Unfortunately, there’s no way to tell when you will officially stop having periods. Many women have irregular periods for several years, whereas some will reach menopause relatively quickly. A good way to predict how long you'll be in perimenopause is to chat with first- and second-degree female relatives (like your mother, sisters, grandmothers, and aunts).  

 

#3. “I am always reaching for panty liners because of spotting. Is this a problem?”

Spotting in perimenopause can be very normal. However, it may also signify that something is not quite right. A good rule of thumb for any woman with spotting is to see a doctor to rule out any concerning causes like:

  • Uterine fibroids

  • Pelvic inflammatory disease

  • Cancers of the cervix, ovaries, uterus, and vagina

  • Infections

 

#4. “I am on birth control and having regular periods, even though I know I'm in perimenopause. Will they just stop when my body is ready for menopause?”

Birth control can be a great option for managing perimenopausal symptoms. And, because the hormone dose is high enough, it also helps prevent pregnancy, which can still certainly happen when you are in perimenopause. 

Since your body is getting a steady flow of hormones, you can expect regular periods if your body responds appropriately. Most doctors will have their patients stop using combination birth control pills (as in those containing estrogen and progesterone) around age 50. If you still have menopausal symptoms, you can switch to a lower dose of hormones to help curb hot flashes and other symptoms. 

Because no test tells you that you are no longer ovulating or fertile, your doctor will likely recommend you use another form of birth control if you are sexually active. If you have been period-free for one year or you are age 55, it is likely safe for you to stop using birth control. (Of course, it's important to use a barrier method to prevent STIs, no matter your age).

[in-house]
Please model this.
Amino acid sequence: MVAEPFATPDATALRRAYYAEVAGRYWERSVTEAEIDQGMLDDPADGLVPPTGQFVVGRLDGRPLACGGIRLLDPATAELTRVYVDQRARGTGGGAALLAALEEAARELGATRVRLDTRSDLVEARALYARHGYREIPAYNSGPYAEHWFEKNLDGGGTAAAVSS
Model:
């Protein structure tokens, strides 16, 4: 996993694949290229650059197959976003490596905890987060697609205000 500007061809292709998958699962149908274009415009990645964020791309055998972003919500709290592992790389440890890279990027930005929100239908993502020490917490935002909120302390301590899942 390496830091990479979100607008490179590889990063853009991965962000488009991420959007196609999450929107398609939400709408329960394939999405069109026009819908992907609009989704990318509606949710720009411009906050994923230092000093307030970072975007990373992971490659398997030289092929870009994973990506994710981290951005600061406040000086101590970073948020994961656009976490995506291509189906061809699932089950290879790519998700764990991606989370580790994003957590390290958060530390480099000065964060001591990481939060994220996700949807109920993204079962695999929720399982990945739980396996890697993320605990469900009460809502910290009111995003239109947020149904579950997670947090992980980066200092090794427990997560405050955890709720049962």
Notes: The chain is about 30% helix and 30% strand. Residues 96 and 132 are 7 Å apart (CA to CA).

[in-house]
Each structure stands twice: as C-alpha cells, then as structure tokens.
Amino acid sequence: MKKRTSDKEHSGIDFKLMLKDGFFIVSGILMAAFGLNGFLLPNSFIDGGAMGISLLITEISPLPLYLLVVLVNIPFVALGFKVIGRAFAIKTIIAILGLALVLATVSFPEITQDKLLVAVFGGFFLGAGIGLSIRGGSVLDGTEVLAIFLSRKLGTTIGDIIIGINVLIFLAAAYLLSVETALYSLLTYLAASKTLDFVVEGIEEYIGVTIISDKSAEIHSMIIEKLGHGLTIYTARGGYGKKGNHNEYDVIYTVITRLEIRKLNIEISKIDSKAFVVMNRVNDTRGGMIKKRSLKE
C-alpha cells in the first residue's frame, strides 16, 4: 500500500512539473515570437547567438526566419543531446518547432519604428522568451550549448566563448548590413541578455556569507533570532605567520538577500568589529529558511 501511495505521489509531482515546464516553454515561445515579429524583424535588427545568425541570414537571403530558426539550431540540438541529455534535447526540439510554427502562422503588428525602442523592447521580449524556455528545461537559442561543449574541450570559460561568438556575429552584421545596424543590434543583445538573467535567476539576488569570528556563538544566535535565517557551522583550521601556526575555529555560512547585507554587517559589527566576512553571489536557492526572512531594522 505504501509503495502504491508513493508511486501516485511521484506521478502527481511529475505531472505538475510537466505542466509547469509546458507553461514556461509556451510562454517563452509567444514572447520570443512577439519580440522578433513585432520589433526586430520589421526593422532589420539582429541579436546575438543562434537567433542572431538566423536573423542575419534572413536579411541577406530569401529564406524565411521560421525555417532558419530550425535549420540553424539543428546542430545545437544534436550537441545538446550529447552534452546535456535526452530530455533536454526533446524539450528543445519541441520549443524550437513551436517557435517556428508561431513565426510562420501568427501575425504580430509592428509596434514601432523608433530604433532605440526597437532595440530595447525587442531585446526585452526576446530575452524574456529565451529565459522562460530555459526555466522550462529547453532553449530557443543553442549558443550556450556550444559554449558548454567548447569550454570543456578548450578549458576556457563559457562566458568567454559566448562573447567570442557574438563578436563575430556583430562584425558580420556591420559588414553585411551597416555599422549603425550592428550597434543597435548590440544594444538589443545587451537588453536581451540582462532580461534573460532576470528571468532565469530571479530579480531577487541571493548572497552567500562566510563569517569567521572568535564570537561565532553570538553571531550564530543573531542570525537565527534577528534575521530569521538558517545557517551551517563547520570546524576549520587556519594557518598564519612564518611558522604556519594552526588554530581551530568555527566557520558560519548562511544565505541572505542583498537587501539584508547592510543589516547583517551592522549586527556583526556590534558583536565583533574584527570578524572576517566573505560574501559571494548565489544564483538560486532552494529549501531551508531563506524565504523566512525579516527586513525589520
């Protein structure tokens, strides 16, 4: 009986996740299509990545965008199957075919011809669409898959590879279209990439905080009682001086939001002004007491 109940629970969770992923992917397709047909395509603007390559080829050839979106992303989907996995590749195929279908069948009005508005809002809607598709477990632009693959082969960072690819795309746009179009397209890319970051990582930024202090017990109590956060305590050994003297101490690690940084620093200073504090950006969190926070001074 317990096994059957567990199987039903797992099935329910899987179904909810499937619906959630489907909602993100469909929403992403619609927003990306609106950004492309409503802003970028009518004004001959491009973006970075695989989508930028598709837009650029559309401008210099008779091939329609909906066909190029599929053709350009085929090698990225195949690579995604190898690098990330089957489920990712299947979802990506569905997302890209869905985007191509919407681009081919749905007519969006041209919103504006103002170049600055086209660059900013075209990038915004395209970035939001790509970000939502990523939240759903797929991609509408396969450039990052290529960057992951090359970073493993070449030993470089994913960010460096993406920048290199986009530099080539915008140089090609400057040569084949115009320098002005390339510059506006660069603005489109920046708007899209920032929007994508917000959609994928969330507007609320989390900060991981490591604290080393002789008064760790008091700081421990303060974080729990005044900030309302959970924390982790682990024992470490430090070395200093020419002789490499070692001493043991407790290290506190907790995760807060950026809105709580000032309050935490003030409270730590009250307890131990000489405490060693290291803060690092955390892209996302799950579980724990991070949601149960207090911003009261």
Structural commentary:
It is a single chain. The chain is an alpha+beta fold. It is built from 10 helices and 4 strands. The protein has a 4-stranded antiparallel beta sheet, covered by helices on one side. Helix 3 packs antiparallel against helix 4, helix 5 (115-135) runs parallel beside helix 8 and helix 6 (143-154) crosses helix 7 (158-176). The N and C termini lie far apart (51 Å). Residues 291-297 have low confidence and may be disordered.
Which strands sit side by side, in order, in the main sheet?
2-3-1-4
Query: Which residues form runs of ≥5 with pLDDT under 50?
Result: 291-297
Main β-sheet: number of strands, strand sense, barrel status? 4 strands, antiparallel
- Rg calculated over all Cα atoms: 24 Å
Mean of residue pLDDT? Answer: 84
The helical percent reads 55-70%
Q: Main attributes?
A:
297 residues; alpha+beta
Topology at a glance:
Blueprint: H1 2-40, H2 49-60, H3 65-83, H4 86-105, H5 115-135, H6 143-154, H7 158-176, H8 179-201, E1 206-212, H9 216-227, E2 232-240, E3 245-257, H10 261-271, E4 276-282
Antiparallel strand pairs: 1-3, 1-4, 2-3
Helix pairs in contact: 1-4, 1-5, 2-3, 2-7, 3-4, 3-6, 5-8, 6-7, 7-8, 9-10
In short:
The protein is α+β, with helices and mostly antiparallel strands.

#5. “I have my period twice a month. Why won’t it stop?”

Although frustrating, this can be normal in perimenopause. Hormone changes can decrease the number of days between your periods, so it is common for some women to only have a week or two in between periods. This problem is often common in women in the early stages of perimenopause, but it can also occur later in the process. And, if you go several months without a period and all of a sudden have one, you may be surprised to find that it lasts longer, which is also normal.

Nonetheless, always check with your doctor to rule out any other causes of irregular periods. And in the meantime, be sure to get plenty of nutrients to keep your body healthy, including iron, as frequent, heavy periods can increase your risk for iron deficiency and anemia. 

More on Perimenopause

Perimenopause: All You Need to Know
What's Happening Here? Sleep Issues & Insomnia
The Stages of Menopause

This article is intended for informational purposes and is not intended to replace a one-on-one relationship with a physician or medical advice. Womaness strives to share the knowledge and advice from our own network of experts and our own research. We encourage you to make healthcare decisions based in partnership with a qualified healthcare professional.